Looking for an excuse to throw a party just to liven up the winter doldrums? The people of New Orleans will do just that when they host one of the most widely celebrated block parties.
The annual carnival of New Orleans culminates in the fanfare of Mardi Gras, one day before Ash Wednesday. Mardi Gras is French for Fat Tuesday, aptly named because it’s the last opportunity to feast lavishly before the self-deprivation period of Lent.
Festivities are characterized by a pageantry of parades showcasing elaborately costumed celebrants aboard colorful floats. Lively strains of jazz resound through the streets and the spicy aromas of Cajun/Creole cuisine waft through the air.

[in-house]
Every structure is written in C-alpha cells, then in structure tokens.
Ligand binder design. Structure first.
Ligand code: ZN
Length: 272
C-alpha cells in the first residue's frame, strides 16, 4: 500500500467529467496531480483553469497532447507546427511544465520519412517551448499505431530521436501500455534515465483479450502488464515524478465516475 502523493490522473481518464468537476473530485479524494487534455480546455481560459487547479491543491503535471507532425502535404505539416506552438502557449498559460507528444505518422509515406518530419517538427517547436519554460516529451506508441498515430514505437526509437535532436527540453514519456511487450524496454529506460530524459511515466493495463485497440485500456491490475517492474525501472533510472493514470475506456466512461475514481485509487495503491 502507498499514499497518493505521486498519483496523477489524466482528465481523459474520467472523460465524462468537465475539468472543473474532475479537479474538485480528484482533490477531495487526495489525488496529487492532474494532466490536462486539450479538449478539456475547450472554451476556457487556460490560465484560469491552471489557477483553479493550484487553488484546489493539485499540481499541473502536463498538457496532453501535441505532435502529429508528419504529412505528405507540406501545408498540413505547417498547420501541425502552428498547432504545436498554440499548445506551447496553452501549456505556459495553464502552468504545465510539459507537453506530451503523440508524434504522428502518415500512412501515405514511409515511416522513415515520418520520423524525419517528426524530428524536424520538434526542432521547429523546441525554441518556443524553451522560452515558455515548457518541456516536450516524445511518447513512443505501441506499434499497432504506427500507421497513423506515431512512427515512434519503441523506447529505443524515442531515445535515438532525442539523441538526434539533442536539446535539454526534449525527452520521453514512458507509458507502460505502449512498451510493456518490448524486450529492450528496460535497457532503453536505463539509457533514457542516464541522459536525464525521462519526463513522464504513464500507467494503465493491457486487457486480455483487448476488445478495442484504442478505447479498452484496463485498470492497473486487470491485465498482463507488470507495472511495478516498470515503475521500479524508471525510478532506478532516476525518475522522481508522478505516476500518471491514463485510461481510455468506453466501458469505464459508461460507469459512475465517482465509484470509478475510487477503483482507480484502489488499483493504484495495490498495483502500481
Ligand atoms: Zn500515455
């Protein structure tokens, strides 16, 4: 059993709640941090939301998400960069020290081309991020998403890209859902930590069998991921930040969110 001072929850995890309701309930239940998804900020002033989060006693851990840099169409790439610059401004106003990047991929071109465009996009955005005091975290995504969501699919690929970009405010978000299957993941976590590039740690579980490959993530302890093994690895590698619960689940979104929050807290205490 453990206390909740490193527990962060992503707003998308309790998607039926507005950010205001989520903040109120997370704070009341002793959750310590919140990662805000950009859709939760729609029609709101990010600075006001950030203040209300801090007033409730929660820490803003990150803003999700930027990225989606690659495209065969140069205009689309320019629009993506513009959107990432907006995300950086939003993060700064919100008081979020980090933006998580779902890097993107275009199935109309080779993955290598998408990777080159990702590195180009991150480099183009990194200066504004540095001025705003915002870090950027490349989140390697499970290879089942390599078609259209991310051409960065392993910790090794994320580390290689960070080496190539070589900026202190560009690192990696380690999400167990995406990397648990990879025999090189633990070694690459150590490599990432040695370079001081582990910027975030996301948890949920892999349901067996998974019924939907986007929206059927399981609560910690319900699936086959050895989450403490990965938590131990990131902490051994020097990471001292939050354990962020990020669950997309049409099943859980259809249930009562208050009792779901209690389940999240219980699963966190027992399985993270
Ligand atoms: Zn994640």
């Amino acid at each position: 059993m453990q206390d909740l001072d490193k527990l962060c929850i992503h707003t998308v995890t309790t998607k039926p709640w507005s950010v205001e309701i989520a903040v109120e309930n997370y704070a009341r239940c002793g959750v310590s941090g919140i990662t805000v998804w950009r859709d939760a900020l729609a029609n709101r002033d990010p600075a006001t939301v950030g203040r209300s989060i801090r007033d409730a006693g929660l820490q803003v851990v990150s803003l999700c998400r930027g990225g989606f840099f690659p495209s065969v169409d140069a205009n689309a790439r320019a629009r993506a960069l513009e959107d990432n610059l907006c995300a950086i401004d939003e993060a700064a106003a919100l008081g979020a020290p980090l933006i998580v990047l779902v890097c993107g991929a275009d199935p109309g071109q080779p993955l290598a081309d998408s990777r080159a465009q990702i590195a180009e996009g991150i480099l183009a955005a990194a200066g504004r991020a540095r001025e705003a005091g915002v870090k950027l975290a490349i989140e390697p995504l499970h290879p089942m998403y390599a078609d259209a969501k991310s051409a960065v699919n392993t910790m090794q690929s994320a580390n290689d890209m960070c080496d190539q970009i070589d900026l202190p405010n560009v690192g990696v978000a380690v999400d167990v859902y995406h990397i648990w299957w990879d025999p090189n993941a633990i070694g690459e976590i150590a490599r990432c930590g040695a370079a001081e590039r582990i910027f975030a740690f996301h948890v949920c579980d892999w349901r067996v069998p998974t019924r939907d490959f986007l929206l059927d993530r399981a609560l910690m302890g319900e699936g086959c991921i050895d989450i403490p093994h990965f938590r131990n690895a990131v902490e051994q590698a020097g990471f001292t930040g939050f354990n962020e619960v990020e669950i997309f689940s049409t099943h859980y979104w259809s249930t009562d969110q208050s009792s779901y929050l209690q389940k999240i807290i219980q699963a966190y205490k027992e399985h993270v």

Instead of hopping a flight to New Orleans, mark your calendar and plan to host your own affair. And if you don’t happen to have Emeril Lagasse on speed dial, peruse online recipes. Most standards of Cajun/Creole fare are easy to prepare.
Simple nibbles include sliced andouille sausage with honey mustard dipping sauce, boursin cheese with crudités, spiced nuts and fried catfish cakes. Stock the bar with all of the fixings for traditional hurricane cocktails. Offer entrees of jambalaya and seafood gumbo, and fry up some beignets to serve with chicory coffee for dessert.
Deck the halls in traditional Mardi Gras hues of purple, green and gold. Drape strings of beads over every surface. Offer beads and masks to your guest and keep the mood festive by blasting a unending variety of jazz and zydeco tunes.
It’s all about good food, good times, and good guests. And remember, the lucky individual who discovers a baked doll in the king’s cake will be dubbed king for the day and, better still, host of the next big party.
As they say in New Orleans, “laissez les bon temps rouller!”